Friday, February 8, 2013

Get Psyched Friday: Sibling Rivalry

Psychologist Eleanor Mackey shares tips on how to deal with sibling rivalry.

Very early on I posted about getting your child ready for a new sibling. In our house that went fairly well, but now we are on to a bigger challenge: sibling rivalry. To put it simply, L does not currently enjoy being a big sister. C is now 9 months old, which means she is everywhere and into everything, particularly L’s toys.

Now, I will admit that this has had a silver lining. L is terrified that C will get into her things and “ruin” them by putting them in her mouth. Therefore, we have never had a neater house. L cleans up her room and makes sure there is nothing on the floor that her sister will get!

The silver lining aside, this has been tough on me as a mom to hear L say, “I don’t like having a baby sister” and “I don’t like C.” She can be rough with her sister and grabs toys out of her hands. Granted, in L’s eyes, C is simply taking away parents’ attention and her interactions are not very rewarding for a 3 year old. I am hoping that L will derive some enjoyment from her sister in years to come, but for now, I struggle to find ways to help her adjust and to improve her ability to share and be gentle with her sister.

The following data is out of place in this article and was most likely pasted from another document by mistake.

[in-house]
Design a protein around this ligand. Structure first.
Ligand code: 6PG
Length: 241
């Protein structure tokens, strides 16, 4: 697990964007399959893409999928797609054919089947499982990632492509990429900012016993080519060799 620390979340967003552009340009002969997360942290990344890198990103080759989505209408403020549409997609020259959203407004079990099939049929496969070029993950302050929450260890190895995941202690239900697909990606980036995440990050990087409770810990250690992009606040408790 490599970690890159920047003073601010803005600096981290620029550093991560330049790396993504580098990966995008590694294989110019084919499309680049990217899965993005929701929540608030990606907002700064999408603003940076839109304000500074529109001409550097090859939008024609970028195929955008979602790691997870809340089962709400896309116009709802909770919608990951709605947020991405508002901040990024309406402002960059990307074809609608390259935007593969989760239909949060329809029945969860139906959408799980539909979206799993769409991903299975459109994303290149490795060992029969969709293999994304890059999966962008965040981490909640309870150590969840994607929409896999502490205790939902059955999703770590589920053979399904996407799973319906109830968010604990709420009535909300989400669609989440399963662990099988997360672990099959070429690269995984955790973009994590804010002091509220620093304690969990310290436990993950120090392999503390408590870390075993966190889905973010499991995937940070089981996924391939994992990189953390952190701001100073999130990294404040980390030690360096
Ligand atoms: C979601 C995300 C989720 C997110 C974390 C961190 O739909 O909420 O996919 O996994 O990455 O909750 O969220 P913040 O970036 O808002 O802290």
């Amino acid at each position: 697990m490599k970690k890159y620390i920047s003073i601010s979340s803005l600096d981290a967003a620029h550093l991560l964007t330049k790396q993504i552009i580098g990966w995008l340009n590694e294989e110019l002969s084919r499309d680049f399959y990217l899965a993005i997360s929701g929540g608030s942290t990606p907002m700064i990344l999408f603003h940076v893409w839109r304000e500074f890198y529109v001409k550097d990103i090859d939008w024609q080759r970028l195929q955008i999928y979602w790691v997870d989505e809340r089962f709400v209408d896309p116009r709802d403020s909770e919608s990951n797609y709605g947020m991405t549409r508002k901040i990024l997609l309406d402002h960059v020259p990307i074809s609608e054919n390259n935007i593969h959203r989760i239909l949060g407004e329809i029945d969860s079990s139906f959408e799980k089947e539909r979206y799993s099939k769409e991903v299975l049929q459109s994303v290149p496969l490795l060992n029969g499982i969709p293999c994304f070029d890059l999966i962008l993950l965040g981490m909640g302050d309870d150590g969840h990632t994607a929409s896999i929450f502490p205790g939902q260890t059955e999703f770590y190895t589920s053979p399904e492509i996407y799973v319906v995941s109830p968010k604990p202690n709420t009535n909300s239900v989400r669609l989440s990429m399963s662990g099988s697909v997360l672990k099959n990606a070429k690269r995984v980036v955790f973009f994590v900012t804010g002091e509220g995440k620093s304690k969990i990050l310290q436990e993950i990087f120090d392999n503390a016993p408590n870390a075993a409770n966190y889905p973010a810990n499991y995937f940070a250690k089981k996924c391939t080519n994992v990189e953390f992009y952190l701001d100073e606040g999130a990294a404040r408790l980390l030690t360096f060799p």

To answer this question, I reached out to my colleagues who have been in the same situation to get advice. The feedback I got back has been helpful for our family. Here are some of the tips:
  • This is normal and this too shall pass!
  • Encourage and praise good behavior:
    • We have had great success making a little prize bag (stickers, barrettes, crayons, etc) and then a sticker chart where L earns stickers for being gentle, kind, or sharing with C. Once she has earned 5 stickers, she gets to pick a prize.
  • Make special time with the older sibling:
    • Each parent should aim to have 10 minutes of “special time” with the older child on a daily basis or at least every other day. During this time, the child should be allowed to choose the activity (within reason) and the parent should be there to support, encourage, and do as little guiding as possible. 
  • Read books that recognize the older child’s experience, for example:
    • Julius, Baby of the World by Kevin Henkes
    • Big Sister by Marianne Richmond
    • Berenstain Bears and the Baby Sister by Stan and Jan Berenstain
Using these techniques, we have definitely made some progress. L still doesn’t love having her sister invade her room, but she gives many more kisses and hugs, and takes pride in taking care of her sister. Yes, sometimes she gives her a kiss and then says, “now I get a sticker!” but regardless of the motivation source, she is being kinder and gentler and that makes for a much happier family and sets the stage for more positive future interactions.

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